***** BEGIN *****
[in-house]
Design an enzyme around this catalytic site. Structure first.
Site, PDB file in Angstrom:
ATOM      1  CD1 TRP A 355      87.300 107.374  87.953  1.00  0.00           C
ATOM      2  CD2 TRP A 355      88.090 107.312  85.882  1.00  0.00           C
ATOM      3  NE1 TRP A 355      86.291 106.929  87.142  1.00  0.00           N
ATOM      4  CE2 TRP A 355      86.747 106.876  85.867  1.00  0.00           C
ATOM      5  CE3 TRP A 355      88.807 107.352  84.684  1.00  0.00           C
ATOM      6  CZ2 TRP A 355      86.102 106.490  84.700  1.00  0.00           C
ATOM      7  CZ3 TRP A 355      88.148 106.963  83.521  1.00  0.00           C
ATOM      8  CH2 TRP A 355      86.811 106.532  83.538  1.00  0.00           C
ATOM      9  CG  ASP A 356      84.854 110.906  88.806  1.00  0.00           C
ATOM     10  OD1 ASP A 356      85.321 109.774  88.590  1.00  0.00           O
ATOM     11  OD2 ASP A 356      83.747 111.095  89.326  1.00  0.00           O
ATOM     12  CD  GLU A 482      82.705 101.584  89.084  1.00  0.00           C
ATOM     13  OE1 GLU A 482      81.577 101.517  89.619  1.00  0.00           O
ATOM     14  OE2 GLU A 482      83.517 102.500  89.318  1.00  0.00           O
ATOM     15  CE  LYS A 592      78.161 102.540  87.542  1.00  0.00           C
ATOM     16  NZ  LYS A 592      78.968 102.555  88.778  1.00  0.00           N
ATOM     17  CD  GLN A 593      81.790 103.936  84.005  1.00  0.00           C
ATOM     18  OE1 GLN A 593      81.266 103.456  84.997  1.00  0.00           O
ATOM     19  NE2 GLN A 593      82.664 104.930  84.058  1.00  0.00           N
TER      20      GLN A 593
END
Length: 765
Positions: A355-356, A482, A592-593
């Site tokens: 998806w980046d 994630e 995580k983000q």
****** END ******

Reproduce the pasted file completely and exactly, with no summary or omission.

[in-house]
Design an enzyme around this catalytic site. Structure first.
Site, PDB file in Angstrom:
ATOM      1  CD1 TRP A 355      87.300 107.374  87.953  1.00  0.00           C
ATOM      2  CD2 TRP A 355      88.090 107.312  85.882  1.00  0.00           C
ATOM      3  NE1 TRP A 355      86.291 106.929  87.142  1.00  0.00           N
ATOM      4  CE2 TRP A 355      86.747 106.876  85.867  1.00  0.00           C
ATOM      5  CE3 TRP A 355      88.807 107.352  84.684  1.00  0.00           C
ATOM      6  CZ2 TRP A 355      86.102 106.490  84.700  1.00  0.00           C
ATOM      7  CZ3 TRP A 355      88.148 106.963  83.521  1.00  0.00           C
ATOM      8  CH2 TRP A 355      86.811 106.532  83.538  1.00  0.00           C
ATOM      9  CG  ASP A 356      84.854 110.906  88.806  1.00  0.00           C
ATOM     10  OD1 ASP A 356      85.321 109.774  88.590  1.00  0.00           O
ATOM     11  OD2 ASP A 356      83.747 111.095  89.326  1.00  0.00           O
ATOM     12  CD  GLU A 482      82.705 101.584  89.084  1.00  0.00           C
ATOM     13  OE1 GLU A 482      81.577 101.517  89.619  1.00  0.00           O
ATOM     14  OE2 GLU A 482      83.517 102.500  89.318  1.00  0.00           O
ATOM     15  CE  LYS A 592      78.161 102.540  87.542  1.00  0.00           C
ATOM     16  NZ  LYS A 592      78.968 102.555  88.778  1.00  0.00           N
ATOM     17  CD  GLN A 593      81.790 103.936  84.005  1.00  0.00           C
ATOM     18  OE1 GLN A 593      81.266 103.456  84.997  1.00  0.00           O
ATOM     19  NE2 GLN A 593      82.664 104.930  84.058  1.00  0.00           N
TER      20      GLN A 593
END
Length: 765
Positions: A355-356, A482, A592-593
């Site tokens: 998806w980046d 994630e 995580k983000q």